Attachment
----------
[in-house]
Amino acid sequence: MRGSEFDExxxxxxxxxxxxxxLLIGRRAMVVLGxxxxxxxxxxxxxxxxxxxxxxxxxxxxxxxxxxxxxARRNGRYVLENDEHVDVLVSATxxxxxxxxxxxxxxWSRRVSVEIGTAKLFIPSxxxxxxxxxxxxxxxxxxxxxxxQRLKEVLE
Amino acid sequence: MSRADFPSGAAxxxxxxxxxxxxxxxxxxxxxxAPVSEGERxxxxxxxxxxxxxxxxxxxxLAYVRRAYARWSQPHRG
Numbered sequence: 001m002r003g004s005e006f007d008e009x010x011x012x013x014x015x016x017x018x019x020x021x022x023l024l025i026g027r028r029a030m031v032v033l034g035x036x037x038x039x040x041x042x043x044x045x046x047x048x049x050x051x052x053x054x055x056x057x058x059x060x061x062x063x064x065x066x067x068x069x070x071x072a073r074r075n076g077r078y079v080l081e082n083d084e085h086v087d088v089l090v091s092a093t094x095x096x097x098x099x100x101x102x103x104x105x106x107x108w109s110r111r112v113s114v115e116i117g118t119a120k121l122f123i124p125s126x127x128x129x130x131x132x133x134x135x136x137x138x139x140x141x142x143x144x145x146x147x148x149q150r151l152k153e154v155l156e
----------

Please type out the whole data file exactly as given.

[in-house]
Amino acid sequence: MRGSEFDExxxxxxxxxxxxxxLLIGRRAMVVLGxxxxxxxxxxxxxxxxxxxxxxxxxxxxxxxxxxxxxARRNGRYVLENDEHVDVLVSATxxxxxxxxxxxxxxWSRRVSVEIGTAKLFIPSxxxxxxxxxxxxxxxxxxxxxxxQRLKEVLE
Amino acid sequence: MSRADFPSGAAxxxxxxxxxxxxxxxxxxxxxxAPVSEGERxxxxxxxxxxxxxxxxxxxxLAYVRRAYARWSQPHRG
Numbered sequence: 001m002r003g004s005e006f007d008e009x010x011x012x013x014x015x016x017x018x019x020x021x022x023l024l025i026g027r028r029a030m031v032v033l034g035x036x037x038x039x040x041x042x043x044x045x046x047x048x049x050x051x052x053x054x055x056x057x058x059x060x061x062x063x064x065x066x067x068x069x070x071x072a073r074r075n076g077r078y079v080l081e082n083d084e085h086v087d088v089l090v091s092a093t094x095x096x097x098x099x100x101x102x103x104x105x106x107x108w109s110r111r112v113s114v115e116i117g118t119a120k121l122f123i124p125s126x127x128x129x130x131x132x133x134x135x136x137x138x139x140x141x142x143x144x145x146x147x148x149q150r151l152k153e154v155l156e